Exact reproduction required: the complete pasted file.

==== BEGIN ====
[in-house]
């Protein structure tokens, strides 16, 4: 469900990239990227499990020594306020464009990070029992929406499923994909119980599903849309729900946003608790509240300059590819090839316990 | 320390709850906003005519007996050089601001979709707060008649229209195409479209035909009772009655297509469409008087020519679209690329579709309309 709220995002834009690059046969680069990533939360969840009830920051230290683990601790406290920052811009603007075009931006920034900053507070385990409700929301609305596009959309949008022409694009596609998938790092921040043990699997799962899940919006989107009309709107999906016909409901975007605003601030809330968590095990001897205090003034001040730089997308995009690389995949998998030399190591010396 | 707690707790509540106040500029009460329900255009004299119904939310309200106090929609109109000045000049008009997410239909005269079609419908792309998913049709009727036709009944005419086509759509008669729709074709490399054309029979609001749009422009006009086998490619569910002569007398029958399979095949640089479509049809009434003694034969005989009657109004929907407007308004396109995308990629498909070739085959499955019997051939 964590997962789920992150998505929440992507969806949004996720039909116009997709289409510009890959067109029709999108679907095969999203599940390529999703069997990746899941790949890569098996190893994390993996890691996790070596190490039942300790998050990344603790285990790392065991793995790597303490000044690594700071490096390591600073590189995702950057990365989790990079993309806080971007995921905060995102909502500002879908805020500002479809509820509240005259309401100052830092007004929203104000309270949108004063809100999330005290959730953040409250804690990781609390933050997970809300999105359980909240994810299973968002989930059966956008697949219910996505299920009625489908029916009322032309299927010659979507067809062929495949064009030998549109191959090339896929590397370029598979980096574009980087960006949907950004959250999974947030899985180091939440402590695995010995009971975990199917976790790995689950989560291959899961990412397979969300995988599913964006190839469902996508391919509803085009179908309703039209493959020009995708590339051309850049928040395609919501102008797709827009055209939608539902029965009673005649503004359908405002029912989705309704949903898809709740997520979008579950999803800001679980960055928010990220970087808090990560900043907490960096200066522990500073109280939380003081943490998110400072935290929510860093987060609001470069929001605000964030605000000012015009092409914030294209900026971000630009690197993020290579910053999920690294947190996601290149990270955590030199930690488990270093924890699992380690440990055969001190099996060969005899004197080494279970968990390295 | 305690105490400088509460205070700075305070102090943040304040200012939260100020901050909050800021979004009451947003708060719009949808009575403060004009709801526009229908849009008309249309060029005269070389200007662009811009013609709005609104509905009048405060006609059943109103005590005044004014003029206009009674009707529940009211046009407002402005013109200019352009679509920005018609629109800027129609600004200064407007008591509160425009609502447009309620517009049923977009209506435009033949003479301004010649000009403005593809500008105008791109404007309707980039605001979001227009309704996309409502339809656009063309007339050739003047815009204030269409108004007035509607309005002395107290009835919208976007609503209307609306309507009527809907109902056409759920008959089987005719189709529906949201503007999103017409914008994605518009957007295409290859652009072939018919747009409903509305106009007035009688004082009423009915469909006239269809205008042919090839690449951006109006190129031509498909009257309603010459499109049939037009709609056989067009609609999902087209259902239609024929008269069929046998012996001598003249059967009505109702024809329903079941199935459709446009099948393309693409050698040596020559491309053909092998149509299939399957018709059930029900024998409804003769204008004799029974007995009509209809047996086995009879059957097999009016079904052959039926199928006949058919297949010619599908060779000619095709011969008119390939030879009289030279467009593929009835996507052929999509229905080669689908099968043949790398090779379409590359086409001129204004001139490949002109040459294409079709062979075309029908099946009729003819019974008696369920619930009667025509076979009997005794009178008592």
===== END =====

[in-house]
């Protein structure tokens, strides 16, 4: 469900990239990227499990020594306020464009990070029992929406499923994909119980599903849309729900946003608790509240300059590819090839316990 | 320390709850906003005519007996050089601001979709707060008649229209195409479209035909009772009655297509469409008087020519679209690329579709309309 709220995002834009690059046969680069990533939360969840009830920051230290683990601790406290920052811009603007075009931006920034900053507070385990409700929301609305596009959309949008022409694009596609998938790092921040043990699997799962899940919006989107009309709107999906016909409901975007605003601030809330968590095990001897205090003034001040730089997308995009690389995949998998030399190591010396 | 707690707790509540106040500029009460329900255009004299119904939310309200106090929609109109000045000049008009997410239909005269079609419908792309998913049709009727036709009944005419086509759509008669729709074709490399054309029979609001749009422009006009086998490619569910002569007398029958399979095949640089479509049809009434003694034969005989009657109004929907407007308004396109995308990629498909070739085959499955019997051939 964590997962789920992150998505929440992507969806949004996720039909116009997709289409510009890959067109029709999108679907095969999203599940390529999703069997990746899941790949890569098996190893994390993996890691996790070596190490039942300790998050990344603790285990790392065991793995790597303490000044690594700071490096390591600073590189995702950057990365989790990079993309806080971007995921905060995102909502500002879908805020500002479809509820509240005259309401100052830092007004929203104000309270949108004063809100999330005290959730953040409250804690990781609390933050997970809300999105359980909240994810299973968002989930059966956008697949219910996505299920009625489908029916009322032309299927010659979507067809062929495949064009030998549109191959090339896929590397370029598979980096574009980087960006949907950004959250999974947030899985180091939440402590695995010995009971975990199917976790790995689950989560291959899961990412397979969300995988599913964006190839469902996508391919509803085009179908309703039209493959020009995708590339051309850049928040395609919501102008797709827009055209939608539902029965009673005649503004359908405002029912989705309704949903898809709740997520979008579950999803800001679980960055928010990220970087808090990560900043907490960096200066522990500073109280939380003081943490998110400072935290929510860093987060609001470069929001605000964030605000000012015009092409914030294209900026971000630009690197993020290579910053999920690294947190996601290149990270955590030199930690488990270093924890699992380690440990055969001190099996060969005899004197080494279970968990390295 | 305690105490400088509460205070700075305070102090943040304040200012939260100020901050909050800021979004009451947003708060719009949808009575403060004009709801526009229908849009008309249309060029005269070389200007662009811009013609709005609104509905009048405060006609059943109103005590005044004014003029206009009674009707529940009211046009407002402005013109200019352009679509920005018609629109800027129609600004200064407007008591509160425009609502447009309620517009049923977009209506435009033949003479301004010649000009403005593809500008105008791109404007309707980039605001979001227009309704996309409502339809656009063309007339050739003047815009204030269409108004007035509607309005002395107290009835919208976007609503209307609306309507009527809907109902056409759920008959089987005719189709529906949201503007999103017409914008994605518009957007295409290859652009072939018919747009409903509305106009007035009688004082009423009915469909006239269809205008042919090839690449951006109006190129031509498909009257309603010459499109049939037009709609056989067009609609999902087209259902239609024929008269069929046998012996001598003249059967009505109702024809329903079941199935459709446009099948393309693409050698040596020559491309053909092998149509299939399957018709059930029900024998409804003769204008004799029974007995009509209809047996086995009879059957097999009016079904052959039926199928006949058919297949010619599908060779000619095709011969008119390939030879009289030279467009593929009835996507052929999509229905080669689908099968043949790398090779379409590359086409001129204004001139490949002109040459294409079709062979075309029908099946009729003819019974008696369920619930009667025509076979009997005794009178008592």